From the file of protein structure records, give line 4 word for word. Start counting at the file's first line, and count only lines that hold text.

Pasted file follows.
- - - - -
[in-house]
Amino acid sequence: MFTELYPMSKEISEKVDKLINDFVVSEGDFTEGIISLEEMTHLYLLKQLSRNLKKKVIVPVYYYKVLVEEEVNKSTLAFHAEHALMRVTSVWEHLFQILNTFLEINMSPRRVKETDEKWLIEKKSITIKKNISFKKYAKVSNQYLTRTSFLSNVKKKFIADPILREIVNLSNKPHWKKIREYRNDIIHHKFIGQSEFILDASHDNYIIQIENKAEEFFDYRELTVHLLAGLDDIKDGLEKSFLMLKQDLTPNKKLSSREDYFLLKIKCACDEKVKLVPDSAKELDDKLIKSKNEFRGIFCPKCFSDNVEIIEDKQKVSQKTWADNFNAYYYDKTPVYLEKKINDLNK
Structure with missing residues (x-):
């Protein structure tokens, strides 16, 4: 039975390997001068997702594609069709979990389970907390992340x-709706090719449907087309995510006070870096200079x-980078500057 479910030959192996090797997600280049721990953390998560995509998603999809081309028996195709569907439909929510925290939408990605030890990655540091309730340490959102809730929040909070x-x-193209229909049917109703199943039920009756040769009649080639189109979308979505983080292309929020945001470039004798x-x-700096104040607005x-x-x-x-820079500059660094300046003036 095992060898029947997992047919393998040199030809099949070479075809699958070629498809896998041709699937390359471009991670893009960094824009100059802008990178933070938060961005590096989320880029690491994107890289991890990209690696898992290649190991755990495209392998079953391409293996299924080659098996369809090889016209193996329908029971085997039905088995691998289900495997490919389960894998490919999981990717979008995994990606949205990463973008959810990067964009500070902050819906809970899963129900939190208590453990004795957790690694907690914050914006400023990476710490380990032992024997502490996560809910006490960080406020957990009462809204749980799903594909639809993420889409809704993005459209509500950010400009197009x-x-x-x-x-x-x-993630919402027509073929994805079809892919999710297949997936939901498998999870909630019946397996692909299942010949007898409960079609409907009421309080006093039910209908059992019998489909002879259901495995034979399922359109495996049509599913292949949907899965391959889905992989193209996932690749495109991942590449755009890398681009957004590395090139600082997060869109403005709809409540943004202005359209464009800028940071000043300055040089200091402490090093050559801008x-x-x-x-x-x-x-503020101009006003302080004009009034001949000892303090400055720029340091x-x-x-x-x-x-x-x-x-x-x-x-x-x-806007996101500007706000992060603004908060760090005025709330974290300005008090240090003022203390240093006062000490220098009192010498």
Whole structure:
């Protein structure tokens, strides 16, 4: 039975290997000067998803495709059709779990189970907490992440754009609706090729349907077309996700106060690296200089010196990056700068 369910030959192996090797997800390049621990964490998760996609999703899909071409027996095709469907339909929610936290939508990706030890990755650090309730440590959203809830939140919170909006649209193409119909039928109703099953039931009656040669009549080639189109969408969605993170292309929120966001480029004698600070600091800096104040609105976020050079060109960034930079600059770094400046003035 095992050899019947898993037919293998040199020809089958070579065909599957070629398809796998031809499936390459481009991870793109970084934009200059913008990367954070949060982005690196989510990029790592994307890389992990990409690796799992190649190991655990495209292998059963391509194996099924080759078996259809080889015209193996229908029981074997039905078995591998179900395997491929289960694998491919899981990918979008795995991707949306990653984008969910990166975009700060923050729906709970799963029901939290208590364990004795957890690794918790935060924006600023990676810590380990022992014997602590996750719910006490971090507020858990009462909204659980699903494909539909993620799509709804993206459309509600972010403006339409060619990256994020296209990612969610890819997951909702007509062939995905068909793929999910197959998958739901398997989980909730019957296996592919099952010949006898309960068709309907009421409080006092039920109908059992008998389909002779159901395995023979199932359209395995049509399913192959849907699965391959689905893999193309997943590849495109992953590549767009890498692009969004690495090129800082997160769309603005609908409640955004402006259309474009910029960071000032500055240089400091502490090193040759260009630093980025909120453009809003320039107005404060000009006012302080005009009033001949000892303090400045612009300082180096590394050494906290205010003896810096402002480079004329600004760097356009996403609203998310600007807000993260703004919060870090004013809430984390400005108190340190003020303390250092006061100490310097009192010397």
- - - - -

């Protein structure tokens, strides 16, 4: 039975390997001068997702594609069709979990389970907390992340x-709706090719449907087309995510006070870096200079x-980078500057 479910030959192996090797997600280049721990953390998560995509998603999809081309028996195709569907439909929510925290939408990605030890990655540091309730340490959102809730929040909070x-x-193209229909049917109703199943039920009756040769009649080639189109979308979505983080292309929020945001470039004798x-x-700096104040607005x-x-x-x-820079500059660094300046003036 095992060898029947997992047919393998040199030809099949070479075809699958070629498809896998041709699937390359471009991670893009960094824009100059802008990178933070938060961005590096989320880029690491994107890289991890990209690696898992290649190991755990495209392998079953391409293996299924080659098996369809090889016209193996329908029971085997039905088995691998289900495997490919389960894998490919999981990717979008995994990606949205990463973008959810990067964009500070902050819906809970899963129900939190208590453990004795957790690694907690914050914006400023990476710490380990032992024997502490996560809910006490960080406020957990009462809204749980799903594909639809993420889409809704993005459209509500950010400009197009x-x-x-x-x-x-x-993630919402027509073929994805079809892919999710297949997936939901498998999870909630019946397996692909299942010949007898409960079609409907009421309080006093039910209908059992019998489909002879259901495995034979399922359109495996049509599913292949949907899965391959889905992989193209996932690749495109991942590449755009890398681009957004590395090139600082997060869109403005709809409540943004202005359209464009800028940071000043300055040089200091402490090093050559801008x-x-x-x-x-x-x-503020101009006003302080004009009034001949000892303090400055720029340091x-x-x-x-x-x-x-x-x-x-x-x-x-x-806007996101500007706000992060603004908060760090005025709330974290300005008090240090003022203390240093006062000490220098009192010498």